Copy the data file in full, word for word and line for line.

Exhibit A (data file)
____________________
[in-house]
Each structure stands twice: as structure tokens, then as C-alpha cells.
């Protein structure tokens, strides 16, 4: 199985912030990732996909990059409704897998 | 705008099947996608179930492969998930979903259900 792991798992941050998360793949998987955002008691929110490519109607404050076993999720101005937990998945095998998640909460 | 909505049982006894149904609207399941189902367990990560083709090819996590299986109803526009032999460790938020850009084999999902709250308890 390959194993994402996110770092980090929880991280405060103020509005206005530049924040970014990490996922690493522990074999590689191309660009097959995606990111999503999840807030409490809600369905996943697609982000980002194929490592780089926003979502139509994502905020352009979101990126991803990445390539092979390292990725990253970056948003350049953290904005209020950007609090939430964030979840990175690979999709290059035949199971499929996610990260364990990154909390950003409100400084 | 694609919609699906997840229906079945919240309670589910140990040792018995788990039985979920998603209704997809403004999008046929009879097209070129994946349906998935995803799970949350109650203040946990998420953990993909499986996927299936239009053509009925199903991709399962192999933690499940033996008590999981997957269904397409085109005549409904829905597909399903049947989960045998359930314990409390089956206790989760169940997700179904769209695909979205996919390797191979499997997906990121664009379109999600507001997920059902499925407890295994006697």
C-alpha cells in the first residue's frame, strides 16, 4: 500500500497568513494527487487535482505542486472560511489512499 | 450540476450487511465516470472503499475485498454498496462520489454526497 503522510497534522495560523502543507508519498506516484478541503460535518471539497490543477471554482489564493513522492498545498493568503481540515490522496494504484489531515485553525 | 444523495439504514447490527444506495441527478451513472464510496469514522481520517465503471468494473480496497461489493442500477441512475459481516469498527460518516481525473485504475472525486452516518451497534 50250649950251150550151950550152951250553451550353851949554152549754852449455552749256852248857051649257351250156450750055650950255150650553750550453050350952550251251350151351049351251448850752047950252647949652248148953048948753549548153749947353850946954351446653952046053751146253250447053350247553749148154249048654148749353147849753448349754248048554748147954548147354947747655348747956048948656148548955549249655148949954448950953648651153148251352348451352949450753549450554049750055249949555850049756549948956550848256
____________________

[in-house]
Each structure stands twice: as structure tokens, then as C-alpha cells.
């Protein structure tokens, strides 16, 4: 199985912030990732996909990059409704897998 | 705008099947996608179930492969998930979903259900 792991798992941050998360793949998987955002008691929110490519109607404050076993999720101005937990998945095998998640909460 | 909505049982006894149904609207399941189902367990990560083709090819996590299986109803526009032999460790938020850009084999999902709250308890 390959194993994402996110770092980090929880991280405060103020509005206005530049924040970014990490996922690493522990074999590689191309660009097959995606990111999503999840807030409490809600369905996943697609982000980002194929490592780089926003979502139509994502905020352009979101990126991803990445390539092979390292990725990253970056948003350049953290904005209020950007609090939430964030979840990175690979999709290059035949199971499929996610990260364990990154909390950003409100400084 | 694609919609699906997840229906079945919240309670589910140990040792018995788990039985979920998603209704997809403004999008046929009879097209070129994946349906998935995803799970949350109650203040946990998420953990993909499986996927299936239009053509009925199903991709399962192999933690499940033996008590999981997957269904397409085109005549409904829905597909399903049947989960045998359930314990409390089956206790989760169940997700179904769209695909979205996919390797191979499997997906990121664009379109999600507001997920059902499925407890295994006697």
C-alpha cells in the first residue's frame, strides 16, 4: 500500500497568513494527487487535482505542486472560511489512499 | 450540476450487511465516470472503499475485498454498496462520489454526497 503522510497534522495560523502543507508519498506516484478541503460535518471539497490543477471554482489564493513522492498545498493568503481540515490522496494504484489531515485553525 | 444523495439504514447490527444506495441527478451513472464510496469514522481520517465503471468494473480496497461489493442500477441512475459481516469498527460518516481525473485504475472525486452516518451497534 50250649950251150550151950550152951250553451550353851949554152549754852449455552749256852248857051649257351250156450750055650950255150650553750550453050350952550251251350151351049351251448850752047950252647949652248148953048948753549548153749947353850946954351446653952046053751146253250447053350247553749148154249048654148749353147849753448349754248048554748147954548147354947747655348747956048948656148548955549249655148949954448950953648651153148251352348451352949450753549450554049750055249949555850049756549948956550848256